How to Choose the Right Cannabis ETF

A cannabis ETF is a logical choice for investors given the sector’s volatility, but picking the right ETF requires some legwork.
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As the number of companies making cannabis and cannabis-based products grows exponentially across the country, discussions around the best opportunities dominate among both seasoned investors and those looking to enter the market for the first time. Are edibles stocks going to soar? Should one set one’s long-term sights on medical marijuana? What is popular now, and what will be popular and profitable in the long run?

Exchange-traded funds (ETFs) are a natural choice for those who believe in cannabis’ potential to explode in value in the coming years -- some predict it could become an almost $43 billion market by 2024 -- but do not necessarily want to pick individual stocks. In addition, the cannabis market is inherently high-risk and volatile as states change their laws and new products enter the market, so ETFs can be a great and more stable entry point into the sector.

Picking the right ETF comes with its own nuances and things worth knowing before taking the plunge, however -- not counting inverse and leveraged ETFs, there are currently six cannabis ETFs that trade in the United States and around 15 that do so globally. One of the biggest points to consider is precisely what holdings each one has -- some focus on medical marijuana or a specific type of product, while others invest in everything from pharmaceuticals to hemp, agriculture and the cultivation necessary to grow it. Some will focus exclusively on cannabis while others have it among other products such as tobacco and alcohol.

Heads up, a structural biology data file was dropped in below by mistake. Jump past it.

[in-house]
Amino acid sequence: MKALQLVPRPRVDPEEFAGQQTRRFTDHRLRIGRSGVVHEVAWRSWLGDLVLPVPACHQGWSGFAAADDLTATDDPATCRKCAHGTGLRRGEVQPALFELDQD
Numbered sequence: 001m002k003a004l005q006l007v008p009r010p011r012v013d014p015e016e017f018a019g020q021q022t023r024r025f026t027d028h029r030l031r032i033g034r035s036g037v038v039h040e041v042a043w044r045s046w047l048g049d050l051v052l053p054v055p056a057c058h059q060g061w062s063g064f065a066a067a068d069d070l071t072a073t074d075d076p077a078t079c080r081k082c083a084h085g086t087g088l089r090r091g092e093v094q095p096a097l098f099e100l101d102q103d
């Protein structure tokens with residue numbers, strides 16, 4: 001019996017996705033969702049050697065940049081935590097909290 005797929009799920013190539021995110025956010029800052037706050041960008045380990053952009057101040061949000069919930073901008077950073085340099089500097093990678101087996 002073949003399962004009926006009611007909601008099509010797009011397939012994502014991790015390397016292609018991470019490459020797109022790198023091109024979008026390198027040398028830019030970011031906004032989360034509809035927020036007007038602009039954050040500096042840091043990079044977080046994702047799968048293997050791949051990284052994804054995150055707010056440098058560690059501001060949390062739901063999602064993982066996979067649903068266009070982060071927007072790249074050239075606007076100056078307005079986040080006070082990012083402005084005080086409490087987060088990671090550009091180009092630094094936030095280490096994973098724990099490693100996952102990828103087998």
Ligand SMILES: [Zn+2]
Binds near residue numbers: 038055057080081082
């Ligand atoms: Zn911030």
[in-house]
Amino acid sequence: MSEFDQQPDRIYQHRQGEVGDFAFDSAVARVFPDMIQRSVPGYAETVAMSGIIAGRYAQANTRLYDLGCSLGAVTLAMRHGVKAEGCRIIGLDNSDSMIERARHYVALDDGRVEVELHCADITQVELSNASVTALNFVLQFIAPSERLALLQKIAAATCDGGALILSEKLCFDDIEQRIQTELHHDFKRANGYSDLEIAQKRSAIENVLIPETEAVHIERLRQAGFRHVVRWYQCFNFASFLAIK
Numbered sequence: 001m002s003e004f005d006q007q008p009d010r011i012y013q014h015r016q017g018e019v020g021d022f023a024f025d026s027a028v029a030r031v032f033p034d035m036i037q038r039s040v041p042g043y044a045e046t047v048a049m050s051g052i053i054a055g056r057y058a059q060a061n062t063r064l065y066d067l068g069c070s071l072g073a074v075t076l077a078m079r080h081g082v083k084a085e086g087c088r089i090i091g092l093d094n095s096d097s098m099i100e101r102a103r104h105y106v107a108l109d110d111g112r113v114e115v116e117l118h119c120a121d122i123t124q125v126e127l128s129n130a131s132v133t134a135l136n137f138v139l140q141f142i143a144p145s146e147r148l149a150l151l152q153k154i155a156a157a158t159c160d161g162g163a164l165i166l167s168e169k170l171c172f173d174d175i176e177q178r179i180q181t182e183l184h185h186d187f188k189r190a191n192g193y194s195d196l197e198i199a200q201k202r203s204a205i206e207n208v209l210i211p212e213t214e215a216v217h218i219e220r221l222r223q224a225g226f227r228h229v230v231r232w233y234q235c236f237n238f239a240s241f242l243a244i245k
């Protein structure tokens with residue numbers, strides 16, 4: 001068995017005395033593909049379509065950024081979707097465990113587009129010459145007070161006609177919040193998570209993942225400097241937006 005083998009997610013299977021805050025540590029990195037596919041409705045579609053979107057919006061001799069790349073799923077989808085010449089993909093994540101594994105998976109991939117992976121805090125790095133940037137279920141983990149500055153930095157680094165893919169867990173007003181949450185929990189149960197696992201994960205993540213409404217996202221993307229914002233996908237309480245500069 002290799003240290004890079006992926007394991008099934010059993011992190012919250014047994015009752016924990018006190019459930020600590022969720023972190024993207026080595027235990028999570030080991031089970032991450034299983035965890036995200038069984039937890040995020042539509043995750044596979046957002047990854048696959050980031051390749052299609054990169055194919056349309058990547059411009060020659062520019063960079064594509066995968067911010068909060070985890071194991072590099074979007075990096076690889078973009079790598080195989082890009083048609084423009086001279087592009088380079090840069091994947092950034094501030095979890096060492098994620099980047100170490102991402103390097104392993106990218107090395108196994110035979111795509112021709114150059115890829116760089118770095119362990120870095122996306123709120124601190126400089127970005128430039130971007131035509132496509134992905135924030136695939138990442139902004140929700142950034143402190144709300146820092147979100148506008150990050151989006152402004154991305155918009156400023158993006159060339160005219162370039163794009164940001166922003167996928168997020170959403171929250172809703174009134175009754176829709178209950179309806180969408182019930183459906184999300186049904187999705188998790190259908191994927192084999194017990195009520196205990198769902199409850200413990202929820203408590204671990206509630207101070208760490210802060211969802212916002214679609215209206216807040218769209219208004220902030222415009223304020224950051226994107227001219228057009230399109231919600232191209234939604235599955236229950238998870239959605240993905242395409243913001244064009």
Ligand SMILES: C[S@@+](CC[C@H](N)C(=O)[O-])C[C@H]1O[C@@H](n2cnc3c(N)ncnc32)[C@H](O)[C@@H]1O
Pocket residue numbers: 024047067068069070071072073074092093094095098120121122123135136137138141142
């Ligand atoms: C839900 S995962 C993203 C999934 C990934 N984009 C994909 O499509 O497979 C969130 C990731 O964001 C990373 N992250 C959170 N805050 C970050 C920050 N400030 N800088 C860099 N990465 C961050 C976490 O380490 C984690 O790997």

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“Even if one is trying to invest in an ETF rather than trying to pick individual stocks, they should look under the hood of the ETF,” Dan Ahrens, the chief operating officer of investment managing firm AdvisorShares and portfolio manager for the Pure U.S. Cannabis ETF MSOS, which focuses exclusively on U.S.-based cannabis companies, told The Street. “One of the beauties of an ETF is that it has daily transparency. You can see the prior day's holdings of the fund.”

What to Look For

Ahrens advises anyone who is trying to invest in an ETF to consider each of the holdings point by point. The holdings should be diversified not only across product type but also the market cap, liquidity and how much it trades daily. High trading activity can indicate that the assets are more likely to be liquid.

“Most of the multi-state operators in the United States, just like their name implies, are moving into additional states,” Ahrens said. “Many states already have medical marijuana but are going to approve the bigger market of adult-use marijuana. The main point is to get invested and accumulate but [also] have a very long-term focus for the future.”

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Problems can also arise from misunderstanding companies’ ability to enter a specific market. Ever since Canada moved to legalize marijuana in 2018, many Americans who believed in its potential for growth turned to companies north of the border for investment opportunities not available at home at the time.